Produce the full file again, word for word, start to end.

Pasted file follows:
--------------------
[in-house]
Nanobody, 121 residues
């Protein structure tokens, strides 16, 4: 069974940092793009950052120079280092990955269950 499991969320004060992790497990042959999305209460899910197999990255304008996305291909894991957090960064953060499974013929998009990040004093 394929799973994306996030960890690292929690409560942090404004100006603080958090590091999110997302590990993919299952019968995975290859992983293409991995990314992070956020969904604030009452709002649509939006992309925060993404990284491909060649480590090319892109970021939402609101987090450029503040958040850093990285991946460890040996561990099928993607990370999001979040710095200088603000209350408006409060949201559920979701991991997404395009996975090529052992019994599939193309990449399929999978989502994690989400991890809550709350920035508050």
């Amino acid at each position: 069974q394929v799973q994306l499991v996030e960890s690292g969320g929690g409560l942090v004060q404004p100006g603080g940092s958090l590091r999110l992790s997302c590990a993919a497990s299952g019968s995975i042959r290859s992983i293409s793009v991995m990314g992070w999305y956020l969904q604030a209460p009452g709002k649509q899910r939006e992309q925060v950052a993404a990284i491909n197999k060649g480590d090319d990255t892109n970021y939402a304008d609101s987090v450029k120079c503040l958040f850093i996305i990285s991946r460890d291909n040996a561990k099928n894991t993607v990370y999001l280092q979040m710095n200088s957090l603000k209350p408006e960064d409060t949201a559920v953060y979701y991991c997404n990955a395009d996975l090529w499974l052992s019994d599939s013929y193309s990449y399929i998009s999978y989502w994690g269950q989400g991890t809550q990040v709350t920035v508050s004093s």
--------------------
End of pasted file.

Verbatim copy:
[in-house]
Nanobody, 121 residues
């Protein structure tokens, strides 16, 4: 069974940092793009950052120079280092990955269950 499991969320004060992790497990042959999305209460899910197999990255304008996305291909894991957090960064953060499974013929998009990040004093 394929799973994306996030960890690292929690409560942090404004100006603080958090590091999110997302590990993919299952019968995975290859992983293409991995990314992070956020969904604030009452709002649509939006992309925060993404990284491909060649480590090319892109970021939402609101987090450029503040958040850093990285991946460890040996561990099928993607990370999001979040710095200088603000209350408006409060949201559920979701991991997404395009996975090529052992019994599939193309990449399929999978989502994690989400991890809550709350920035508050």
């Amino acid at each position: 069974q394929v799973q994306l499991v996030e960890s690292g969320g929690g409560l942090v004060q404004p100006g603080g940092s958090l590091r999110l992790s997302c590990a993919a497990s299952g019968s995975i042959r290859s992983i293409s793009v991995m990314g992070w999305y956020l969904q604030a209460p009452g709002k649509q899910r939006e992309q925060v950052a993404a990284i491909n197999k060649g480590d090319d990255t892109n970021y939402a304008d609101s987090v450029k120079c503040l958040f850093i996305i990285s991946r460890d291909n040996a561990k099928n894991t993607v990370y999001l280092q979040m710095n200088s957090l603000k209350p408006e960064d409060t949201a559920v953060y979701y991991c997404n990955a395009d996975l090529w499974l052992s019994d599939s013929y193309s990449y399929i998009s999978y989502w994690g269950q989400g991890t809550q990040v709350t920035v508050s004093s």